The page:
Many Texas House Deeds Contain Race Restrictions

But such restrictions are unenforceable because they have been struck down by the federal government

House deeds with race restrictions are widespread across Texas, but they are also unenforceable.

Tony Mendina was surprised to find such a restriction when he closed on his East Dallas home.

"No person of any race other than the Caucasian race shall use or occupy any building or any lot," the deed states.

"It's sad; it's just really sad," Mendina said. "We have a great neighborhood here now, and it's sad to think it was less great in the past."

Most homes along Swiss Avenue in the Munger Place section of Dallas have similar restrictions.

"This lot shall be used for residential purposes only and by white persons only," the deed restriction reads.

By some estimates, the deeds to tens of thousands of homes across Texas have wording.

George W. Bush's Dallas neighborhood once had race restrictions, but residents officially removed the wording in 2001.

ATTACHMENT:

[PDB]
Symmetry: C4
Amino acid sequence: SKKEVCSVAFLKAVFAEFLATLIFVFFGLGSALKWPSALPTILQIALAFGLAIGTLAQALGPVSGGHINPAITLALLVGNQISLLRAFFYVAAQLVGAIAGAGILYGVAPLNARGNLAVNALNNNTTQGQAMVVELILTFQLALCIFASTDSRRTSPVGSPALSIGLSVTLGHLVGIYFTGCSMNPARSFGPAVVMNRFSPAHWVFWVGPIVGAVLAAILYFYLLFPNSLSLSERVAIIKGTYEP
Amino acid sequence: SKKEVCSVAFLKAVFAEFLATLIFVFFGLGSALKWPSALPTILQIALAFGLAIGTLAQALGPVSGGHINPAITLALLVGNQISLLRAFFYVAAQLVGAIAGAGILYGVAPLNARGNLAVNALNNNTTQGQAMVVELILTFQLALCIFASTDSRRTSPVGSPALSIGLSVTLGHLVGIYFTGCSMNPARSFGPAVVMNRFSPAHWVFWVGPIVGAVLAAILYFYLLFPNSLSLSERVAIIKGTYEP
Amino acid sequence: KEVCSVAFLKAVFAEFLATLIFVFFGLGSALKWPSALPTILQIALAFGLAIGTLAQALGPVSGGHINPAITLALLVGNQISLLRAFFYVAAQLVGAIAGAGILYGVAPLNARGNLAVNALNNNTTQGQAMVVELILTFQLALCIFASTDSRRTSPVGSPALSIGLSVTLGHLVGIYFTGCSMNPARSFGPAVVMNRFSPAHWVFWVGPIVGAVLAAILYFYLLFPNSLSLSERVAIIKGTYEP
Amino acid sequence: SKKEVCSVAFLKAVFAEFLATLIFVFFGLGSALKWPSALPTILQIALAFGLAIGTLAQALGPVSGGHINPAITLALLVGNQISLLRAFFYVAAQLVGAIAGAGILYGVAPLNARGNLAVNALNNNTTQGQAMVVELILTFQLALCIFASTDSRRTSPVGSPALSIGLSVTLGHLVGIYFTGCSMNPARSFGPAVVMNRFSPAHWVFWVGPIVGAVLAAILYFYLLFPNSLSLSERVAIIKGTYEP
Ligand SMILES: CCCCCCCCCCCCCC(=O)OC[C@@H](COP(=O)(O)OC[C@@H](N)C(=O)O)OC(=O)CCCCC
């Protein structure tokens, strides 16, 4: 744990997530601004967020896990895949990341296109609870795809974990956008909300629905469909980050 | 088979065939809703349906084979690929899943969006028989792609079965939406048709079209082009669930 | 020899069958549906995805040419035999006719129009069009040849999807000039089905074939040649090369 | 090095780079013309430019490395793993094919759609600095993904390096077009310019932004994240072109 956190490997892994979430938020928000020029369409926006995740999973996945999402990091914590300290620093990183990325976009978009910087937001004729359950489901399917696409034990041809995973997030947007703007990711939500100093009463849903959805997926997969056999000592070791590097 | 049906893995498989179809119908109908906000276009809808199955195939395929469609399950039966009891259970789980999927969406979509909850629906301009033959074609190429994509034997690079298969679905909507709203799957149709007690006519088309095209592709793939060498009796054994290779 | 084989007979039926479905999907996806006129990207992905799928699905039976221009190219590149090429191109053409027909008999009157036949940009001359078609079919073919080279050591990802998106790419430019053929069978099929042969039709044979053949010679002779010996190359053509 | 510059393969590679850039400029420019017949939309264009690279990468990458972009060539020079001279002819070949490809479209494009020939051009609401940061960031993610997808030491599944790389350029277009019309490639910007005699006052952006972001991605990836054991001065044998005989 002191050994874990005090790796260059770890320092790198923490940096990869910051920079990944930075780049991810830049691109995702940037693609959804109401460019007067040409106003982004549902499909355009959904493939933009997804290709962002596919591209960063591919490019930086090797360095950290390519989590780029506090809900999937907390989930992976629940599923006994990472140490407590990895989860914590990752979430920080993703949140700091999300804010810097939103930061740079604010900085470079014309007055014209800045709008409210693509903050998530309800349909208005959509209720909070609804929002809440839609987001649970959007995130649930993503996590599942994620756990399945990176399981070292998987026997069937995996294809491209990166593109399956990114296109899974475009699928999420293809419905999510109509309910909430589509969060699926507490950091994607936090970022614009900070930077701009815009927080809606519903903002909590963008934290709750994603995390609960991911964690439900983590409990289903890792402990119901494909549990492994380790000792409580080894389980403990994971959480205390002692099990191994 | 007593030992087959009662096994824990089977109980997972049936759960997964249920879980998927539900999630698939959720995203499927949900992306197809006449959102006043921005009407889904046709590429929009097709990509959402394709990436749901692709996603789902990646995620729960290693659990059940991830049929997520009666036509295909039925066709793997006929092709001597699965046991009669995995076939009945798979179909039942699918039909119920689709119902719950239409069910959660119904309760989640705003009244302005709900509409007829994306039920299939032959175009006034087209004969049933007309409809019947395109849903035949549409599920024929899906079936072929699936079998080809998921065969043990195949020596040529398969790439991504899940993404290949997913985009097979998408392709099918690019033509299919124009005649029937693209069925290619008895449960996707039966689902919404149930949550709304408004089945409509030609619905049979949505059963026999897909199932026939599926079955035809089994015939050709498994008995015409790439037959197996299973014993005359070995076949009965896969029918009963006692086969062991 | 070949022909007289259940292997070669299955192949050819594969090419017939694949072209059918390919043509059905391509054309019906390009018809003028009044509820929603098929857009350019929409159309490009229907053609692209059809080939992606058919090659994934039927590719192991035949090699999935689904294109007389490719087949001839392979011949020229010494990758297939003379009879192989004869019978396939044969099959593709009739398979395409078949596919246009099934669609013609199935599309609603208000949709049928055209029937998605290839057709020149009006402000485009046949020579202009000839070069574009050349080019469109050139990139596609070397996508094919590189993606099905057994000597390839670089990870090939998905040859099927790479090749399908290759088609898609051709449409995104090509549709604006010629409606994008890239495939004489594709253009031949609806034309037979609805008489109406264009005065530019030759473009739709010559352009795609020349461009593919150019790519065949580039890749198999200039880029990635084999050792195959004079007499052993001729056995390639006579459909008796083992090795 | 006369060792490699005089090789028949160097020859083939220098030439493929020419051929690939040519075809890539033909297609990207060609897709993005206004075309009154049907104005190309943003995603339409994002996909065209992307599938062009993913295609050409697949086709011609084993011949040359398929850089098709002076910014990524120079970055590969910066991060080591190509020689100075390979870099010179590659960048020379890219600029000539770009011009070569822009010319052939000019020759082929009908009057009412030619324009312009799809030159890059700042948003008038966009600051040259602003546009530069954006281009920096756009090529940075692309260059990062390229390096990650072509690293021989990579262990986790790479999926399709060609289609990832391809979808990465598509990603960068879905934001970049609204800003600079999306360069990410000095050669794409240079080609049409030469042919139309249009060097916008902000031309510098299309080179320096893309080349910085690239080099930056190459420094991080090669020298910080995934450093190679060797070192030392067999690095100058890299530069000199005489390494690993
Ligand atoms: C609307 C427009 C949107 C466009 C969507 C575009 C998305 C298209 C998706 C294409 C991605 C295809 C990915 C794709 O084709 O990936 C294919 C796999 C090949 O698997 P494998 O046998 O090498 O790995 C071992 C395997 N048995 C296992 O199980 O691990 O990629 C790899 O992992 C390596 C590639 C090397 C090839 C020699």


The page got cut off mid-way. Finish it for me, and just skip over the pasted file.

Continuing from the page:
But even though the restrictions stay with properties as they change hands, they aren't enforceable.

"The federal government basically struck down these restrictions," title attorney Jay Settle said.

The restrictions were seen until the very early 1960s, he said.

But few neighborhoods go to the trouble of removing the restrictions.

"There could be two hundred households; that would mean you have to get 101 households to agree to this, and that would take a lot of time," Settle said.

And some homeowners say the language in the deeds is a good reminder of what has changed.

"It's actually kind of good it's still there where you can see it," said Mendina, who wants to leave the wording in his deed.

"When you visit a Holocaust museum or Pearl Harbor there are warnings, 'Never again. Don't let this happen again,'" he said.

County Commissioner John Wiley Price, whose North Oak Cliff home also has a race restricted, agreed.

"I think people need to be reminded of the ugly past," he said. "The past is history, and we need to remember and understand the history."

NBCDFW's Grant Stinchfield contributed to this report.

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